WK Topic Learning activity Learning outcomes
Week 01 Overview of mechanobiology and introduction to cellular polymeric networks (4 hr) LO1 LO3
Week 02 Cell signaling and mechanotransduction (4 hr) LO1 LO3 LO5
Week 03 Extracellular matrix mechanics (4 hr) LO1 LO2 LO5
Week 04 Overview of analytical methods in mechanobiology: part 1 (4 hr) LO2 LO3 LO4 LO5
Week 05 Overview of analytical methods in mechanobiology: part 2 (4 hr) LO2 LO3 LO4 LO5
Week 06 Role of biomaterials in mechanobiology (4 hr) LO3 LO4 LO5
Week 07 Cell migration and the influence of mechanics (4 hr) LO1 LO2 LO3 LO4 LO5
Week 08 Mechanosensitive ion channels: part 1 (4 hr) LO3 LO4 LO5
Week 09 Mechanosensitive ion channels: part 2 (4 hr) LO3 LO4 LO5
Week 10 Microfluidic devices in mechanobiology (4 hr) LO2 LO3 LO4
Week 11 Student presentation (4 hr) LO1 LO2 LO3 LO4 LO5
Week 12 Mechanobiology: current status, major advances and its future (4 hr) LO1 LO2 LO3 LO4 LO5

Attendance and class requirements

All tutorials, lab and presentation attendance for both online/face to face is a requirement 

Study commitment

Typically, there is a minimum expectation of 1.5-2 hours of student effort per week per credit point for units of study offered over a full semester. For a 6 credit point unit, this equates to roughly 120-150 hours of student effort in total.

Learning outcomes are what students know, understand and are able to do on completion of a unit of study. They are aligned with the University’s graduate qualities and are assessed as part of the curriculum.

At the completion of this unit, you should be able to:

  • LO1. demonstrate effective oral communications skills, understand research questions, and critically analyse and interpret data
  • LO2. obtain information using appropriate search strategies to gain in-depth knowledge and current advances in mechanobiology through peer reviewed research resources
  • LO3. understand the importance of applying engineering technologies for biomedical applications, applications of material properties, and design in the field of mechanobiology
  • LO4. apply and integrate engineering principles to biological processes
  • LO5. understand the basic principles of mechanobiology and its importance in the field of biomedical engineering and regenerative medicine.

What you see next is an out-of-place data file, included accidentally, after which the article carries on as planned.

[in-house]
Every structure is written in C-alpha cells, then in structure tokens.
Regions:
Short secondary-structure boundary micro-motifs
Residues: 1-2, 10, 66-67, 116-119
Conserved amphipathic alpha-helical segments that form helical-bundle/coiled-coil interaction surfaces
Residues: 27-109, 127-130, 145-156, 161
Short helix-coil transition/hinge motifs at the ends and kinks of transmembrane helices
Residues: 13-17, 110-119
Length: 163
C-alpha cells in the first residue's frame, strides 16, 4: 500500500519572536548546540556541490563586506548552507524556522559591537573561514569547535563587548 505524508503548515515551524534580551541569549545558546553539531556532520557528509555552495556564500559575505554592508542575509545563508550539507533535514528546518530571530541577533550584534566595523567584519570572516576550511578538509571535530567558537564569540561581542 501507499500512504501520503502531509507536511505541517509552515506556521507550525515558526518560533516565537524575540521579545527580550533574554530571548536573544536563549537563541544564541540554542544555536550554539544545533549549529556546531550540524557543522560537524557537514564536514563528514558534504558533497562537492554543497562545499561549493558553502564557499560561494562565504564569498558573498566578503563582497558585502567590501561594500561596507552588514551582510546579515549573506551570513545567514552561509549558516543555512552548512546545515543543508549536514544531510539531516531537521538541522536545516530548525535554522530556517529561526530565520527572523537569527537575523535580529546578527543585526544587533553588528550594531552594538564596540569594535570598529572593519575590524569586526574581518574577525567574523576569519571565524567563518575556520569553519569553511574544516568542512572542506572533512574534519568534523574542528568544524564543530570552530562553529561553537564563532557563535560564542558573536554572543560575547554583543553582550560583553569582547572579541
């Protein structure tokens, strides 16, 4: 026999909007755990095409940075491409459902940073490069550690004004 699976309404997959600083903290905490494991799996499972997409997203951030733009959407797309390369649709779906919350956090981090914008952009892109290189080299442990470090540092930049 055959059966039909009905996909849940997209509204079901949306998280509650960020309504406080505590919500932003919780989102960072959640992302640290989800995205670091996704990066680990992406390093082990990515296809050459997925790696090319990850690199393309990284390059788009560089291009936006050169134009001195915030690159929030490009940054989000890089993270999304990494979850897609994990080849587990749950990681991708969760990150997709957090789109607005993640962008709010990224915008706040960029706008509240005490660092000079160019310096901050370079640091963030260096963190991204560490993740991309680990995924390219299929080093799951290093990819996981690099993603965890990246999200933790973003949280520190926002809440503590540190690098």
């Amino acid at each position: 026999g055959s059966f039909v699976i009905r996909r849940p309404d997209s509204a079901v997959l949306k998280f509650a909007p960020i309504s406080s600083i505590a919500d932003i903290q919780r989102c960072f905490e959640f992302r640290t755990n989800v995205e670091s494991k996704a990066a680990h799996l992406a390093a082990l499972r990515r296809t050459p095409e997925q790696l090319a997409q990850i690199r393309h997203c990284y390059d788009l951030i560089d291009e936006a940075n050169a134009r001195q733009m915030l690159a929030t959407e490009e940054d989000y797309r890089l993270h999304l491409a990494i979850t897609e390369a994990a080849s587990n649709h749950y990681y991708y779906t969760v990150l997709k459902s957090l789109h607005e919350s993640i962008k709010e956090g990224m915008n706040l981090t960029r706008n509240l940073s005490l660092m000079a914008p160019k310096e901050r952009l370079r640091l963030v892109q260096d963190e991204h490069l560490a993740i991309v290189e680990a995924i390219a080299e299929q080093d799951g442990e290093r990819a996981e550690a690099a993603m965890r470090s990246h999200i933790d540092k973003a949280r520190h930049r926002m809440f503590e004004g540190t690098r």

Graduate qualities

The graduate qualities are the qualities and skills that all University of Sydney graduates must demonstrate on successful completion of an award course. As a future Sydney graduate, the set of qualities have been designed to equip you for the contemporary world.

GQ1 Depth of disciplinary expertise

Deep disciplinary expertise is the ability to integrate and rigorously apply knowledge, understanding and skills of a recognised discipline defined by scholarly activity, as well as familiarity with evolving practice of the discipline.

GQ2 Critical thinking and problem solving

Critical thinking and problem solving are the questioning of ideas, evidence and assumptions in order to propose and evaluate hypotheses or alternative arguments before formulating a conclusion or a solution to an identified problem.

GQ3 Oral and written communication

Effective communication, in both oral and written form, is the clear exchange of meaning in a manner that is appropriate to audience and context.

GQ4 Information and digital literacy

Information and digital literacy is the ability to locate, interpret, evaluate, manage, adapt, integrate, create and convey information using appropriate resources, tools and strategies.

GQ5 Inventiveness

Generating novel ideas and solutions.

GQ6 Cultural competence

Cultural Competence is the ability to actively, ethically, respectfully, and successfully engage across and between cultures. In the Australian context, this includes and celebrates Aboriginal and Torres Strait Islander cultures, knowledge systems, and a mature understanding of contemporary issues.

GQ7 Interdisciplinary effectiveness

Interdisciplinary effectiveness is the integration and synthesis of multiple viewpoints and practices, working effectively across disciplinary boundaries.

GQ8 Integrated professional, ethical, and personal identity

An integrated professional, ethical and personal identity is understanding the interaction between one’s personal and professional selves in an ethical context.

GQ9 Influence

Engaging others in a process, idea or vision.

Outcome map

Learning outcomes Graduate qualities
GQ1 GQ2 GQ3 GQ4 GQ5 GQ6 GQ7 GQ8 GQ9
No significant changes have been made since this unit was last offered

Disclaimer

The University reserves the right to amend units of study or no longer offer certain units, including where there are low enrolment numbers.